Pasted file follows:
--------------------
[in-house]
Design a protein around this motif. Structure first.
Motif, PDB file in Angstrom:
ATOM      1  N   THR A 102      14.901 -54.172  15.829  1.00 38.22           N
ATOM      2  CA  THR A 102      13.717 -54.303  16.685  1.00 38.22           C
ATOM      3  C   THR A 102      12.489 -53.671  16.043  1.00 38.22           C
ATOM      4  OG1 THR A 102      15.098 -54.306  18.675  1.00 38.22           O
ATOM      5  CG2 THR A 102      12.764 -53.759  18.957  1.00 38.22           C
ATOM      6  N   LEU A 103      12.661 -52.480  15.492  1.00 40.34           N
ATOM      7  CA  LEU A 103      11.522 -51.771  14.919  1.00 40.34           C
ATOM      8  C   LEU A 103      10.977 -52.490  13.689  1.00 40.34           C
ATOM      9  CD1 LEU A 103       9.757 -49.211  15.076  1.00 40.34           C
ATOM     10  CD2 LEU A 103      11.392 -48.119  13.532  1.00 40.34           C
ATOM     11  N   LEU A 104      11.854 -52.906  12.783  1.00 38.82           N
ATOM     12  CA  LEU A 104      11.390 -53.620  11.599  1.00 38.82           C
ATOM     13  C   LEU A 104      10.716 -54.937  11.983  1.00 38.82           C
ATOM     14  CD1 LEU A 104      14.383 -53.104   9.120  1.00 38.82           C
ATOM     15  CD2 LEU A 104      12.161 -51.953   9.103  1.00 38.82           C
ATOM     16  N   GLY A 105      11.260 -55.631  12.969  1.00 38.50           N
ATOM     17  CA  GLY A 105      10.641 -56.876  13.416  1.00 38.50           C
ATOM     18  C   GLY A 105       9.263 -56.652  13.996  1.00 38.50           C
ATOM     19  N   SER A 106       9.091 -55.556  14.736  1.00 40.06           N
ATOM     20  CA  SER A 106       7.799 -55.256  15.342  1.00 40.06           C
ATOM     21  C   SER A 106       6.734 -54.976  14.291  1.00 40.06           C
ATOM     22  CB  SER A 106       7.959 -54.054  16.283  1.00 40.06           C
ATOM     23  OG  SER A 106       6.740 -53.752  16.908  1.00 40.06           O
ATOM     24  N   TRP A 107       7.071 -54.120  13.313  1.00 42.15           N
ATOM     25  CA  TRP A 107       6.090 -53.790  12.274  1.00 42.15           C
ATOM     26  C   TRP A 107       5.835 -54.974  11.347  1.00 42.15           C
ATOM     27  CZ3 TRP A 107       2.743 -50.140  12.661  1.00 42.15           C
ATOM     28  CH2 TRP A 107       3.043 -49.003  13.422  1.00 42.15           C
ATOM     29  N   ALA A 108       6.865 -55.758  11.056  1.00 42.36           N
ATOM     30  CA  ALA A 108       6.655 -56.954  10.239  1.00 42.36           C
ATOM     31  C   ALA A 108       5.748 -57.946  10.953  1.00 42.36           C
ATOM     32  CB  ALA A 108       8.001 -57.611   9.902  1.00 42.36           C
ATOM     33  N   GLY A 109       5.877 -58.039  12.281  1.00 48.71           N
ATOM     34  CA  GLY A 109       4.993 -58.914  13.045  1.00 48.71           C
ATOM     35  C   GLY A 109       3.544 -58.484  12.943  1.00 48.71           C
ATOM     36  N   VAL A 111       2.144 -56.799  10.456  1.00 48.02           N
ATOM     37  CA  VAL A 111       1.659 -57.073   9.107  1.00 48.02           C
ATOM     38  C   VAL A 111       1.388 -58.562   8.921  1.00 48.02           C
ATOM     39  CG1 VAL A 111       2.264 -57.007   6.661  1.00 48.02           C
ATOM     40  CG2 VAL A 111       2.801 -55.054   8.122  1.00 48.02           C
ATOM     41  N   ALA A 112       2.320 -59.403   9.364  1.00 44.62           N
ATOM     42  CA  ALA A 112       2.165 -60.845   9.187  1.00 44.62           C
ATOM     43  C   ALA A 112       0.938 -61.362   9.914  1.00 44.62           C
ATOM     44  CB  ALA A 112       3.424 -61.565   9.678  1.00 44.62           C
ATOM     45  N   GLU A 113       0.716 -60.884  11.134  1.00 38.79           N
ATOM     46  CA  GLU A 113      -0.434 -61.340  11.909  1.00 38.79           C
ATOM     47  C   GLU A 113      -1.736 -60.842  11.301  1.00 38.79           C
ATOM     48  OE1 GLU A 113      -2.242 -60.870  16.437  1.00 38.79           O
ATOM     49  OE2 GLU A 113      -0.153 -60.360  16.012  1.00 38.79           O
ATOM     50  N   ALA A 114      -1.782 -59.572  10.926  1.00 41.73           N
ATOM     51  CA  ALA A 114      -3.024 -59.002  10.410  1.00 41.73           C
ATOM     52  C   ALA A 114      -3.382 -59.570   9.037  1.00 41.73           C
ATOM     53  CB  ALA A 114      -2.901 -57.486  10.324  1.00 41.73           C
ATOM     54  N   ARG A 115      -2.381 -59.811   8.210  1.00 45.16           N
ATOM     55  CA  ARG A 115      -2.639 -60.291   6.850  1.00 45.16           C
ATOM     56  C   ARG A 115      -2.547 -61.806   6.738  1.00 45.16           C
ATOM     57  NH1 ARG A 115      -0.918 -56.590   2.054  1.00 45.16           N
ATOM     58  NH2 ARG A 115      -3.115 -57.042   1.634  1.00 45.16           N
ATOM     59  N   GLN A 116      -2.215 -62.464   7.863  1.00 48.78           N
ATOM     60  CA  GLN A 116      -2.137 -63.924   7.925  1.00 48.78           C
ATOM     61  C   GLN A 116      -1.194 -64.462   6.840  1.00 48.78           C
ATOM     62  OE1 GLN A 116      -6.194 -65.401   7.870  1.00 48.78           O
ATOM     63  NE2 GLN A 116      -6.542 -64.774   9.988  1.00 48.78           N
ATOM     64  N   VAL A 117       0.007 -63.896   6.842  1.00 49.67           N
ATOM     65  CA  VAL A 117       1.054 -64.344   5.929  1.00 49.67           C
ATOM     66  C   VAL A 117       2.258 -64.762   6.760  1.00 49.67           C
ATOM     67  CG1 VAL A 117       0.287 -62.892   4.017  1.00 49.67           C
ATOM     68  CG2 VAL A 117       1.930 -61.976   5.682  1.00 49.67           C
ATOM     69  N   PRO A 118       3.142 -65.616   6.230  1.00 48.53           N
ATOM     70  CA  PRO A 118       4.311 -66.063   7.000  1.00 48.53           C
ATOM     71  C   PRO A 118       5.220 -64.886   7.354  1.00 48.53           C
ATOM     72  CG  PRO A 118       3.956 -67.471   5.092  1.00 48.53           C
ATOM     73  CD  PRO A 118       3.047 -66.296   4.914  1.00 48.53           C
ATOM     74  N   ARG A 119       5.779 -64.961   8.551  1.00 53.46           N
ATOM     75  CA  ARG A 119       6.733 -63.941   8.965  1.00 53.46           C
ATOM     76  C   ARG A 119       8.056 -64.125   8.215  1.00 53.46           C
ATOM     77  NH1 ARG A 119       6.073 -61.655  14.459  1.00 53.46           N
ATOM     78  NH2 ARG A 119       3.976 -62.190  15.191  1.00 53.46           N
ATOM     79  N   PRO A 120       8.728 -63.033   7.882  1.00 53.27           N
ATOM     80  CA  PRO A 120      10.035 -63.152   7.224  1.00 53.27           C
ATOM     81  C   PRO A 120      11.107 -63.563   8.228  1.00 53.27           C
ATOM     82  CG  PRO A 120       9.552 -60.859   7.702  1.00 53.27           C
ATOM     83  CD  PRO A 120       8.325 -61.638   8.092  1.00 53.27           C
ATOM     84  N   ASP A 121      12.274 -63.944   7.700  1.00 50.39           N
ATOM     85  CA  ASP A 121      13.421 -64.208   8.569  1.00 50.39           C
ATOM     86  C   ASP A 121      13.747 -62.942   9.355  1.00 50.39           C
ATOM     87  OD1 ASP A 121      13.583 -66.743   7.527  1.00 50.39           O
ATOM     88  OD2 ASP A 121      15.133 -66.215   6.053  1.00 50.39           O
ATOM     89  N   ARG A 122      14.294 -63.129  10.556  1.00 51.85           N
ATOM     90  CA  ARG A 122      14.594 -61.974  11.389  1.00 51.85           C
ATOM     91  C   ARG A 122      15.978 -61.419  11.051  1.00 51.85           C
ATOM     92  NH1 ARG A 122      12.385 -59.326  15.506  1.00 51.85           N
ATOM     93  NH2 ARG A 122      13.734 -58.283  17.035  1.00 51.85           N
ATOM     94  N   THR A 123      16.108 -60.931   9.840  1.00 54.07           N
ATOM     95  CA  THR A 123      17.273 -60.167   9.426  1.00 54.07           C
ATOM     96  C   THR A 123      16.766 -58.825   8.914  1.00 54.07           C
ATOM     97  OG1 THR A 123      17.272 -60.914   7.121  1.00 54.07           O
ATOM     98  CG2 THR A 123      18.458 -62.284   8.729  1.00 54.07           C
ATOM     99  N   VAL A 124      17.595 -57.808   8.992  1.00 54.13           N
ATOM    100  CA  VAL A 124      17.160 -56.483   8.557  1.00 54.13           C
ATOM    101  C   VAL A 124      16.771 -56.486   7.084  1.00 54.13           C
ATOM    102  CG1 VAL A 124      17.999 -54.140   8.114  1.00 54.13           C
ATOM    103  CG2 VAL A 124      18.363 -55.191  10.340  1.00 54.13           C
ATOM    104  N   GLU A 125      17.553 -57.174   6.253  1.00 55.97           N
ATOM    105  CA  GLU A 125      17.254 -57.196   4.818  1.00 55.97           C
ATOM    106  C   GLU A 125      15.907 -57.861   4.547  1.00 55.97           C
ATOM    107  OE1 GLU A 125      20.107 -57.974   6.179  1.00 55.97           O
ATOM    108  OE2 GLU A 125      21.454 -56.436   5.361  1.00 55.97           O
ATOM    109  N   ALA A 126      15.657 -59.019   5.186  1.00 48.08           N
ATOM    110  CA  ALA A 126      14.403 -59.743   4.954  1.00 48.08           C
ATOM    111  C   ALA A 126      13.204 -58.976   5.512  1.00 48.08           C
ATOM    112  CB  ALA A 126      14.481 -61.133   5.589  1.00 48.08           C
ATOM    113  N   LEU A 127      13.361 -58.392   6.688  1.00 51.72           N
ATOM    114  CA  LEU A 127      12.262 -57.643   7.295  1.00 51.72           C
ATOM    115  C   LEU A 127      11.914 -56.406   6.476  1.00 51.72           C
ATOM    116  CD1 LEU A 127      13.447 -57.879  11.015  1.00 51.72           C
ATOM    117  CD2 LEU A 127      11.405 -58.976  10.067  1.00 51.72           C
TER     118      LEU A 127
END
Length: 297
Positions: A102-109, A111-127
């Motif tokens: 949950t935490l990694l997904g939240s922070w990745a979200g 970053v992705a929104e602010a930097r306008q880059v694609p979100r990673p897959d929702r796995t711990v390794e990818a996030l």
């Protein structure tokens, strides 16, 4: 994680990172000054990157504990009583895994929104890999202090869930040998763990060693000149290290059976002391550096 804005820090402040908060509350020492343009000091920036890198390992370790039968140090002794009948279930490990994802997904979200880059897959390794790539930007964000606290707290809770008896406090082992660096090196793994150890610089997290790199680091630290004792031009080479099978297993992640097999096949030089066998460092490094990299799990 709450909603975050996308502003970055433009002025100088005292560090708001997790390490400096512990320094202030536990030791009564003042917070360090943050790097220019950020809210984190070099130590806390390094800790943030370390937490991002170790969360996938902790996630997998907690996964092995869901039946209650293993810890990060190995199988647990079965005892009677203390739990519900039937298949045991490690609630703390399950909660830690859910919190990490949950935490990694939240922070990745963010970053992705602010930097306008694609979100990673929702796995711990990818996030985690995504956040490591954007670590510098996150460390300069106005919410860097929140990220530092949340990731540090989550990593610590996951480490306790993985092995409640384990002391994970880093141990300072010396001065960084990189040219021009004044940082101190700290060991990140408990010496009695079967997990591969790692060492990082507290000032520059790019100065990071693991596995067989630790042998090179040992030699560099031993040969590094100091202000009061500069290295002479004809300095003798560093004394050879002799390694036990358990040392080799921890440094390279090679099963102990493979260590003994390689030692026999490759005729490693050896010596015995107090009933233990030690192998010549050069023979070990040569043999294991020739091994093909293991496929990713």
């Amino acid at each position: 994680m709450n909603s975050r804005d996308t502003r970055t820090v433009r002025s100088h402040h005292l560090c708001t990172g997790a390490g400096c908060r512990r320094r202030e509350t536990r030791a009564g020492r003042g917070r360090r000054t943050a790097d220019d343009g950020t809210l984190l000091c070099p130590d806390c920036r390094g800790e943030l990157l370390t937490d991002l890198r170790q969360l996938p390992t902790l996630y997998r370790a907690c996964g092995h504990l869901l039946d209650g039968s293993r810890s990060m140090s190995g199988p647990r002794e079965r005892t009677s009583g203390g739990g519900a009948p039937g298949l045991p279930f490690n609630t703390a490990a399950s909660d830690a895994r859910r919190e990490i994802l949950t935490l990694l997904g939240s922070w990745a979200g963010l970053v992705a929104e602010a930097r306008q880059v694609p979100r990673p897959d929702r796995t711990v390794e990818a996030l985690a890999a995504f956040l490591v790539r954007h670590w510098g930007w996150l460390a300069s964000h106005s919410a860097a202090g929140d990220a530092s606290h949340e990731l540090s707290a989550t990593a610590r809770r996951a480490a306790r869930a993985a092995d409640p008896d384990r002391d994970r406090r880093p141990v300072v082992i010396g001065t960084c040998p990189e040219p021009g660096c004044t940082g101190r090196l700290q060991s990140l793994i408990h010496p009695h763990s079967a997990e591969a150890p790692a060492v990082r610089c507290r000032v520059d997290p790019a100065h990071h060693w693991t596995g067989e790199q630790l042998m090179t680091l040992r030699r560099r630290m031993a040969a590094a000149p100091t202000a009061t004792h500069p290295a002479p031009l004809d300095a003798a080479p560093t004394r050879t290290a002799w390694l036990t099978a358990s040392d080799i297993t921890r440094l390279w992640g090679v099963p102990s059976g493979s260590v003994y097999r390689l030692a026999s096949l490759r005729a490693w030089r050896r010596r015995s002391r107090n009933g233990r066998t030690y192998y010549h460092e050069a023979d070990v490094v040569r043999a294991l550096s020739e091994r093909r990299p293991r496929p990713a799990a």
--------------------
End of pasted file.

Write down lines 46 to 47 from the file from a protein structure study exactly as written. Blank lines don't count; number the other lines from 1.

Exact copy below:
ATOM     43  C   ALA A 112       0.938 -61.362   9.914  1.00 44.62           C
ATOM     44  CB  ALA A 112       3.424 -61.565   9.678  1.00 44.62           C